FND 431 Lecture Notes - Lecture 1: Acute Pancreatitis, Chronic Pancreatitis, Human Body Weight
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Case Study Pancreatitis
1. Alcohol accounts for what percent of all cases of pancreatitis? (circle one)
2. What is the medical diagnosis? What is one nutritional diagnosis? Include
a. Medical diagnosis: acute pancreatitis and enlarged fatty liver
b. Nutritional diagnosis: excessive alcohol intake (NI-4.3) related to history of
alcoholism as evidenced by 20+ years of heavy alcohol use.
3. Explain the reasoning behind the diet order Mr. S received: “low fat, high protein
with absolutely no alcohol.”
The physician recommended Mr. S adhere to a low fat diet because of fat
malabsorption and steatorrhea associated with acute pancreatitis. A low-fat diet
will prevent the malabsorption of fat, and therefore decrease the likelihood of
steatorrhea. A patient presenting with pancreatitis has increased nutrient needs
due to malabsorption of nutrients, possible nausea/vomiting, diarrhea, and loss of
appetite. With the body’s increased energy expenditure needs due to the illness,
along with decreased nutrient absorption, a higher level of protein consumption is
necessary. According to Krause, between 1.2-1.5 grams of protein per kilogram
of ideal body weight is recommended for patients with chronic pancreatitis.
Alcohol is the number one etiology of chronic pancreatitis and, therefore, can
exacerbate the inflammation of acute pancreatitis. With the alcohol consumption
unchecked, the acute pancreatitis can progress to chronic pancreatitis, leading to
severe maldigestion and diabetes. A complete elimination of alcohol will help the
pancreas recover from the acute pancreatitis. The elimination of alcohol will also
help Mr. S with the enlarged fatty liver condition since the alcohol converts to fat
that gets deposited into the liver.
4. Did the physician give Mr. S enough information about his diet or the condition of
his liver? Outline the topics you would discuss Mr. S concerning his diet and liver
The physician could have provided Mr. S with more diet plan information such as
the importance of incorporating easily digestible foods (such as smoothies, soups,
and green juices), as well as eating small frequent meals (6 small meals instead of
3 large meals) to help with digestion. In addition, examples of low-fat meals
and/or meal plans could have been provided to Mr. S. The physician could also
have provided more information regarding the benefits of quitting drinking as
well as the dangers of continuing down his current path. For instance, cirrhosis of
the liver can lead to coma and even death.
Using the Nutrition Care Manual, download-save-attach one educational handout that would
be appropriate for this patient along with this submission. ( This information under the
heading of client/education meal plans at the top of the NCM home page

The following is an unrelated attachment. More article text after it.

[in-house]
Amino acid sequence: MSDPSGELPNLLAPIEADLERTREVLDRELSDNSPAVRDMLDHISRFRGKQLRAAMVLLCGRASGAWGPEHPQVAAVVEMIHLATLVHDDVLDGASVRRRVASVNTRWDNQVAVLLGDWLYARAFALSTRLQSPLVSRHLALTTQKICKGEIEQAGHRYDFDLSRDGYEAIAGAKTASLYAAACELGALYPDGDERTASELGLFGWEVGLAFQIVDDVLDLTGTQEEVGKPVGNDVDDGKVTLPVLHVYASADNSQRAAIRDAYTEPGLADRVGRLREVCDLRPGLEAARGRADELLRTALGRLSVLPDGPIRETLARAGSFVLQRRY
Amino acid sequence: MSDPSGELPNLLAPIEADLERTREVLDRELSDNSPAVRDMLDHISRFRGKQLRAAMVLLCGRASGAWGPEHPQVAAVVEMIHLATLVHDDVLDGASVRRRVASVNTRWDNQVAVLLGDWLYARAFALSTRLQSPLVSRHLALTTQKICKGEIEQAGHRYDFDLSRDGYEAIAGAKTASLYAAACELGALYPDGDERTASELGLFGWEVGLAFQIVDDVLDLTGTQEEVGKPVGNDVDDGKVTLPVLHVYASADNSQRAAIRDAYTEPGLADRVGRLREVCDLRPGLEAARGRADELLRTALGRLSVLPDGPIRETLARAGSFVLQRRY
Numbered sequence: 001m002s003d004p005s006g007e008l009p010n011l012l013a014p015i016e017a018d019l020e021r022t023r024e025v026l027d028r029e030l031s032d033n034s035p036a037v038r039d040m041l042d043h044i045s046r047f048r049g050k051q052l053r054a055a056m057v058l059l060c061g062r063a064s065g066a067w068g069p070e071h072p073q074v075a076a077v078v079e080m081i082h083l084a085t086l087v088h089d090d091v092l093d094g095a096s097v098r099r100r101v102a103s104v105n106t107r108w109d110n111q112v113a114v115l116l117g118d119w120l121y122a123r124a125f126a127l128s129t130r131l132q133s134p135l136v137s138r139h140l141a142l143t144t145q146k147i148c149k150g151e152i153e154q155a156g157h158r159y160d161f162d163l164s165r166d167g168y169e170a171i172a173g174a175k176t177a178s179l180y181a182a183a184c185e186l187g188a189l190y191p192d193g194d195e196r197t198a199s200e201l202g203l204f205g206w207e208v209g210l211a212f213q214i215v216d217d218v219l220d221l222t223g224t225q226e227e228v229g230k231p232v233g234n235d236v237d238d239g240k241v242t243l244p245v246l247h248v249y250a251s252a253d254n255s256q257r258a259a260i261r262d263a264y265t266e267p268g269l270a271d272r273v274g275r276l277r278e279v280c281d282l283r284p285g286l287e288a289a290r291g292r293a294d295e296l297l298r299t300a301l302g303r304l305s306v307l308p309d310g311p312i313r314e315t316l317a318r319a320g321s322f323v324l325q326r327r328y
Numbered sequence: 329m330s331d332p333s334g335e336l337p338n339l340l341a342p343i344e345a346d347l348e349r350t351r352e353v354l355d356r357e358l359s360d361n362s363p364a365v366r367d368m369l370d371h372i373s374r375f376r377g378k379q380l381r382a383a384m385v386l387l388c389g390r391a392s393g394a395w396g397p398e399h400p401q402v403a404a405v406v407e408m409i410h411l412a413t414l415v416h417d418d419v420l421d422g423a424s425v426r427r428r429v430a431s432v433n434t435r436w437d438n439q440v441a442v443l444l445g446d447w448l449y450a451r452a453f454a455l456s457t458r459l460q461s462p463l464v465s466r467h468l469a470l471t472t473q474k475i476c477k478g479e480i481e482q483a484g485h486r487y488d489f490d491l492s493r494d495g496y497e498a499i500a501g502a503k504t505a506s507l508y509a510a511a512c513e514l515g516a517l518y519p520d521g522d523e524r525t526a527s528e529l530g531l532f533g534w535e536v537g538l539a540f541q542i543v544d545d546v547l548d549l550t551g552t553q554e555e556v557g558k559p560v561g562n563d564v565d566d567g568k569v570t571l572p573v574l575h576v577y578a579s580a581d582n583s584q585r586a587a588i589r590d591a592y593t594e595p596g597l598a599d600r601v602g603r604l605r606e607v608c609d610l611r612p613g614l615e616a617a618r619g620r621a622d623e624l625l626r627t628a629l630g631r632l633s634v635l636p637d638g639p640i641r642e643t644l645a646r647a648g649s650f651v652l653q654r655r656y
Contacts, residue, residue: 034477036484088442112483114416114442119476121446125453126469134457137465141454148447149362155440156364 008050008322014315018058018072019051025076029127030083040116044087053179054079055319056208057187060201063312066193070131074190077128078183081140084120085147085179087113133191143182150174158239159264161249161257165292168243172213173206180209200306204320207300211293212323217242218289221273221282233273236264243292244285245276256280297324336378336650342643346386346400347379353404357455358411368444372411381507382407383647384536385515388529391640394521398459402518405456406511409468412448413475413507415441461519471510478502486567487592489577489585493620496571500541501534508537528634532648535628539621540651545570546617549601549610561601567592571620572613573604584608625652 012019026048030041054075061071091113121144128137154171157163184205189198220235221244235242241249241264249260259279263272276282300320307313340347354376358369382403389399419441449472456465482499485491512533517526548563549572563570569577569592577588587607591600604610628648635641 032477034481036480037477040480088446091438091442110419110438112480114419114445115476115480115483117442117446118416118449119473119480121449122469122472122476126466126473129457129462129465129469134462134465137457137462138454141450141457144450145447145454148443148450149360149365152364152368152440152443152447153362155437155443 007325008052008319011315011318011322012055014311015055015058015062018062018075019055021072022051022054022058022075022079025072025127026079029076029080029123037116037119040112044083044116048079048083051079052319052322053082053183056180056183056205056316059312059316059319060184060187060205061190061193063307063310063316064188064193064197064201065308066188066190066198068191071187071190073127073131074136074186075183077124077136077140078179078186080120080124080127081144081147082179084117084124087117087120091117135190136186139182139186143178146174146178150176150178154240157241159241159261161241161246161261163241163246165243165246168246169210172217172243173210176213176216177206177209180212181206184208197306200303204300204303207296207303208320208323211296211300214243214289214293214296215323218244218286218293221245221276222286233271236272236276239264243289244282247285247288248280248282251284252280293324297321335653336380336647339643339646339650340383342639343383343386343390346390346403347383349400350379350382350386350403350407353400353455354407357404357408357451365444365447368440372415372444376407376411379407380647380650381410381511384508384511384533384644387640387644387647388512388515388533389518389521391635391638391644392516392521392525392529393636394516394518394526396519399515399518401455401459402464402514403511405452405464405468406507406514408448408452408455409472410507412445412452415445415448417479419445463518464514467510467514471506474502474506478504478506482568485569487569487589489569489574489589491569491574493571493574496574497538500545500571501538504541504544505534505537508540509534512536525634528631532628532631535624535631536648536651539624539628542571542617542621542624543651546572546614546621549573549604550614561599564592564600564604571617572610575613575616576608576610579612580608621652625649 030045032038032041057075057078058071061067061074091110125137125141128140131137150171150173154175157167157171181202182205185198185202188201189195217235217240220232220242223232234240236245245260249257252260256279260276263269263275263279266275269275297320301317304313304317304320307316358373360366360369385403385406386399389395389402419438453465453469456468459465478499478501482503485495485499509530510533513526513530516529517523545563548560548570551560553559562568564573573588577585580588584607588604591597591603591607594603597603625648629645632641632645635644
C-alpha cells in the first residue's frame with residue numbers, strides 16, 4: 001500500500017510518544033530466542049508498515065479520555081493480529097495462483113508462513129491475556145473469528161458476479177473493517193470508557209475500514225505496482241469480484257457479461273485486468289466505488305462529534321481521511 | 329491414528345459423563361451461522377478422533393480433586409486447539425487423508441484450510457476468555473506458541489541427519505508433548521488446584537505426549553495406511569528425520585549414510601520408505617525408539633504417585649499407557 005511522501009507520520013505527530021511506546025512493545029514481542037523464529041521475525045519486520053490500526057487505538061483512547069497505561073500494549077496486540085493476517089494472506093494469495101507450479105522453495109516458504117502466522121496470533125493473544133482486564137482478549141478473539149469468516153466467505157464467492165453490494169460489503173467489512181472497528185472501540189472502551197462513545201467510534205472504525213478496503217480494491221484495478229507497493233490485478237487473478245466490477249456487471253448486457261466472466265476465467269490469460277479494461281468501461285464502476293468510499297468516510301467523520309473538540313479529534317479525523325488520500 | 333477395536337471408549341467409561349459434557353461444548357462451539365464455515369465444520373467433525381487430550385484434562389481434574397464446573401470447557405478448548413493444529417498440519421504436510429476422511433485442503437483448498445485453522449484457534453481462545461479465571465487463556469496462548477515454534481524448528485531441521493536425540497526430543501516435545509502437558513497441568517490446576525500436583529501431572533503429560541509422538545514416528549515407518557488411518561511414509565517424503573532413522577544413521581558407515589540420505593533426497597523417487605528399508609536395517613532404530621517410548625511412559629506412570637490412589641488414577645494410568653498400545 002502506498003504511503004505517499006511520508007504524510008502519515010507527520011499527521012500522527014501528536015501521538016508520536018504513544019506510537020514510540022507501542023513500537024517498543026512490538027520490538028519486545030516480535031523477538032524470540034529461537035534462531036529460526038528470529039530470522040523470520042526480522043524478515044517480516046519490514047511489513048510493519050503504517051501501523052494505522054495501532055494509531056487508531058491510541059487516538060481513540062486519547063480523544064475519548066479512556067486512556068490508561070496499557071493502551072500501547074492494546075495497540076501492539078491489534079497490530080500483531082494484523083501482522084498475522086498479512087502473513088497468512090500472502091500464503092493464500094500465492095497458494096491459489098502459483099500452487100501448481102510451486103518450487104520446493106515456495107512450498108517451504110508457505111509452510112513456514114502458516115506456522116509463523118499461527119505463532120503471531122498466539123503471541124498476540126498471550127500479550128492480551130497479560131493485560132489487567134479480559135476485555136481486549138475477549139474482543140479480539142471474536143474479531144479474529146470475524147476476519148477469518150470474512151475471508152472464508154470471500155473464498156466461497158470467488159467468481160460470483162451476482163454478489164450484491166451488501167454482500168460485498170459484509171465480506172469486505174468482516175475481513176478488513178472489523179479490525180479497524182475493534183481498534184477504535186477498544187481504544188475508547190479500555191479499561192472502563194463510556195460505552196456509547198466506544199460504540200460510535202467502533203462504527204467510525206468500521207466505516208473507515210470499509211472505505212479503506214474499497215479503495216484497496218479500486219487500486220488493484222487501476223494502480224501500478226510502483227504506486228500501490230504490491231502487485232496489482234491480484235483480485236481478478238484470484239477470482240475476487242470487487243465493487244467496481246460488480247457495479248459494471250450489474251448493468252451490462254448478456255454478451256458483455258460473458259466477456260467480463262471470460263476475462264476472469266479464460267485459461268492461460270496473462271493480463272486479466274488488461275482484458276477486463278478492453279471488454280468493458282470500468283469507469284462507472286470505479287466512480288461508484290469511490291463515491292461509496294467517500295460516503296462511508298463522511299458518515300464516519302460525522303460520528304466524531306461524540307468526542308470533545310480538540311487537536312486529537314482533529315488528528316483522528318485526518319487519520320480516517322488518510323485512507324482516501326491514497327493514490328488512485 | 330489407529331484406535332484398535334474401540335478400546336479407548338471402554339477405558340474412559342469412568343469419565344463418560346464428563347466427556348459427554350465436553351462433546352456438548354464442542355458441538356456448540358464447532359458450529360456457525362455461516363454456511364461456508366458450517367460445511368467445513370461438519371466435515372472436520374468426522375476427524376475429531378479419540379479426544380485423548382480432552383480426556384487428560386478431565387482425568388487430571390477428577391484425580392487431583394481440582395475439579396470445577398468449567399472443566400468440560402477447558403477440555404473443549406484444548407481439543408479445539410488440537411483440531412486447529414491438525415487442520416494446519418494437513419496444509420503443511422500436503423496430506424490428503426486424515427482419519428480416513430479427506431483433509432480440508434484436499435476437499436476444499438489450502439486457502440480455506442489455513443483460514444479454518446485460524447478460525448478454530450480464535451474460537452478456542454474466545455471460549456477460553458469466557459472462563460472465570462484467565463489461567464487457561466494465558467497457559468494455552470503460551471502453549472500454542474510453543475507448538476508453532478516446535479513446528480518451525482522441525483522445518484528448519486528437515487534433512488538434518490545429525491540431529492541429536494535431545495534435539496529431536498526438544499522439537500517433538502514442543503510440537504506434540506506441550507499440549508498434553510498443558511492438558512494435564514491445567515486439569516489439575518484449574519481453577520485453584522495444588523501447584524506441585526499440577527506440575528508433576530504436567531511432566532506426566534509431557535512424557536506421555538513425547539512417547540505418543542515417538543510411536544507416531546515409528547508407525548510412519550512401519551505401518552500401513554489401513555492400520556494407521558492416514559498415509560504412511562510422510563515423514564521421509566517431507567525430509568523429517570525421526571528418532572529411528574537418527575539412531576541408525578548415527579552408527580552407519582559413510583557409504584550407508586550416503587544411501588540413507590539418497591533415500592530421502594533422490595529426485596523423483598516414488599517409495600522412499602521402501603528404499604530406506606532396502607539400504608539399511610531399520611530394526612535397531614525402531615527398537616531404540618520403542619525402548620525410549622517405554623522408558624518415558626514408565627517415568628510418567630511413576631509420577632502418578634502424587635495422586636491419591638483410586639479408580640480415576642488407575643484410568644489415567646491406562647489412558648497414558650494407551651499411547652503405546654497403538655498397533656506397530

Pancreatitis Label Reading Tips
5. What abnormal lab values are indicative of pancreatitis?
At admission or diagnosis:
Age > 55 yr
White blood cell count > 16,000 m^3
Blood glucose level > 200 mg/ 100 mL
Lactic dehydrogenase > 350 units/ L
Aspartate transaminase > 250 units/ L
During the initial 48 hours:
Hematocrit decrease of > 10%
Blood urea nitrogen increase of > 5 mg/ dL
Arterial Po2 < 60 mm Hg
Base deficit > 4 mEq/ L
Fluid sequestration > 6000 mL
Serum calcium level < 8 mg/ mL
6. What was the purpose of the MD giving Mr. S the potassium chloride? Explain
The potassium chloride is used as a potassium supplementation to prevent severe
hypokalemia. Potassium is an important electrolyte for nerve and muscle cell
functioning, especially for muscle cells in the heart. Vomiting and diarrhea that
can result from pancreatitis and liver disease can deplete the body of potassium.
If ascites are present, the administration of diuretics can also cause hypokalemia.
7. Using a flow diagram, give the pathophysiology of a fatty liver 2° to alcoholism.
8. After the symptoms of acute pancreatitis and hepatitis are gone, should Mr. S be
on a diet for pancreatitis or for a fatty liver? Explain.
Mr. S should be on a diet for fatty liver to help prevent the onset of cirrhosis. The
dietary recommendations are quite similar for both pancreatitis and fatty liver (i.e.
small, frequent meals, low-fat diet, adequate protein, antioxidants,
multi-vitamin/multi-mineral supplementation). Therefore, following a diet for
fatty liver would benefit his pancreas as well as his liver.
Mr. S followed his diet and took his medication and began to feel better. He stayed off the
alcohol for three or four days but as he began to have detox symptoms, he started drinking
again. During the next six months, he began to have stomach pains different from the epigastric
pain he had experienced earlier. He returned to the urgent care clinic, Mr. S was diagnosed with
an ulcer and a liberal bland diet was recommended. Although he followed the diet